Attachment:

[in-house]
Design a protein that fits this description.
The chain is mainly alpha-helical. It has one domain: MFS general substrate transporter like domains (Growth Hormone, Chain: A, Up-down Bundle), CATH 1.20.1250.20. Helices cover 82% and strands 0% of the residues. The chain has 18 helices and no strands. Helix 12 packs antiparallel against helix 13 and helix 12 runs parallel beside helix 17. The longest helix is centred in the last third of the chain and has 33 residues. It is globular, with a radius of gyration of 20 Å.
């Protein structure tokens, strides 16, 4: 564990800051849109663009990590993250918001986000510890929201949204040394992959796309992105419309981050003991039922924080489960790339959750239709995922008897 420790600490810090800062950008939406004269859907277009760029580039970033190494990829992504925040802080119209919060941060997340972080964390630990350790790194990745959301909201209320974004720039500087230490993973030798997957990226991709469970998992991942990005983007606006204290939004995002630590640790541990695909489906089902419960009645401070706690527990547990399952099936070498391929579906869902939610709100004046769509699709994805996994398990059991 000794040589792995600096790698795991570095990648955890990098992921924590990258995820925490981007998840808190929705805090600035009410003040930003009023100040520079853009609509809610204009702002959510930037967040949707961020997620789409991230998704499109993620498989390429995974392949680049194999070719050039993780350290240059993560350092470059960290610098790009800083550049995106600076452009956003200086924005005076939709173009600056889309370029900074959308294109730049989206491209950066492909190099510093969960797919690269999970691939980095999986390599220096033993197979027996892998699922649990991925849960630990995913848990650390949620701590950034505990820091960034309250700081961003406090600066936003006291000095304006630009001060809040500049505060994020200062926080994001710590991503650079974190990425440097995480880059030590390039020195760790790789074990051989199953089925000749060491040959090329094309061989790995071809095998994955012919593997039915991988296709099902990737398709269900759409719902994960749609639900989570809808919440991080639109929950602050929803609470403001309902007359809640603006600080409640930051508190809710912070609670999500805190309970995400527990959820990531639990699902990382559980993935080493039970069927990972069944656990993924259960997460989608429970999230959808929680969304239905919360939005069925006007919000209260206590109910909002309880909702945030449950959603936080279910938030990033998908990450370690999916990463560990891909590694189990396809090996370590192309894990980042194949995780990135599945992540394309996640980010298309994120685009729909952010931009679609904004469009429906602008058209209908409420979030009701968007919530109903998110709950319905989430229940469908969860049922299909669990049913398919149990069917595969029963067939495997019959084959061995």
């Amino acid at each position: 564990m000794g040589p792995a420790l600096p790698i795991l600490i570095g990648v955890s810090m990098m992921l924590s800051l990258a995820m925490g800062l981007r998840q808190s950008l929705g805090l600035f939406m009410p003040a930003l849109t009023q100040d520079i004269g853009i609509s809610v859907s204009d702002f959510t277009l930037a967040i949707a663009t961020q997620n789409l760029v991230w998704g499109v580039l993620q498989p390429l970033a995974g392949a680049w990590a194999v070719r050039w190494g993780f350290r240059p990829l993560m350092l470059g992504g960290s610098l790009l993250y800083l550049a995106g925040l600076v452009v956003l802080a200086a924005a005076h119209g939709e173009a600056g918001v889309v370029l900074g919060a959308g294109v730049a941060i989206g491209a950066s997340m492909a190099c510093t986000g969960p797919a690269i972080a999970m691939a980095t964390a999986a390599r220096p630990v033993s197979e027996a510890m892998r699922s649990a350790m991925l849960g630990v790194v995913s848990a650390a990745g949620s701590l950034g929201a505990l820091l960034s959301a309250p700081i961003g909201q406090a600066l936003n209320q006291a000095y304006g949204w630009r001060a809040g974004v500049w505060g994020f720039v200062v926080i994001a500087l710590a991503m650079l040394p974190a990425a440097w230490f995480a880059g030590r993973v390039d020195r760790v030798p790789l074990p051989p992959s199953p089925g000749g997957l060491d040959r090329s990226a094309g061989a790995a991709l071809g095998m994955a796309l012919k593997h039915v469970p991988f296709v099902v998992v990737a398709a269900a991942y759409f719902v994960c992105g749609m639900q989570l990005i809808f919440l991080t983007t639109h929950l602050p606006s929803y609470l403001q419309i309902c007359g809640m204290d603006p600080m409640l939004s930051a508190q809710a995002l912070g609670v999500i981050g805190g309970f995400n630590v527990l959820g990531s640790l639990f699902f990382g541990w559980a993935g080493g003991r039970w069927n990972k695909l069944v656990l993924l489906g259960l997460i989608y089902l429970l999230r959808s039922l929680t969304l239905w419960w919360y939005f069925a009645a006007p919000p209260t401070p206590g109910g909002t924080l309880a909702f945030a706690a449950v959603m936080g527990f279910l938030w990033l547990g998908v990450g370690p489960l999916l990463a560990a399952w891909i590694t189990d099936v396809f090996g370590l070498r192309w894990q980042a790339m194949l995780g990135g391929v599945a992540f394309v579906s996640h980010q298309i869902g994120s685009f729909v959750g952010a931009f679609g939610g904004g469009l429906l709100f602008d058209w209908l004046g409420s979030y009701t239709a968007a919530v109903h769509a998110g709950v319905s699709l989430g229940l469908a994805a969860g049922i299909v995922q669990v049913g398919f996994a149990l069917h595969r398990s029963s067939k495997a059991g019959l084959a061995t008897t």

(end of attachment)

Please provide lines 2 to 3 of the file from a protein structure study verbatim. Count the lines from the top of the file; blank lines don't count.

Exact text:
Design a protein that fits this description.
The chain is mainly alpha-helical. It has one domain: MFS general substrate transporter like domains (Growth Hormone, Chain: A, Up-down Bundle), CATH 1.20.1250.20. Helices cover 82% and strands 0% of the residues. The chain has 18 helices and no strands. Helix 12 packs antiparallel against helix 13 and helix 12 runs parallel beside helix 17. The longest helix is centred in the last third of the chain and has 33 residues. It is globular, with a radius of gyration of 20 Å.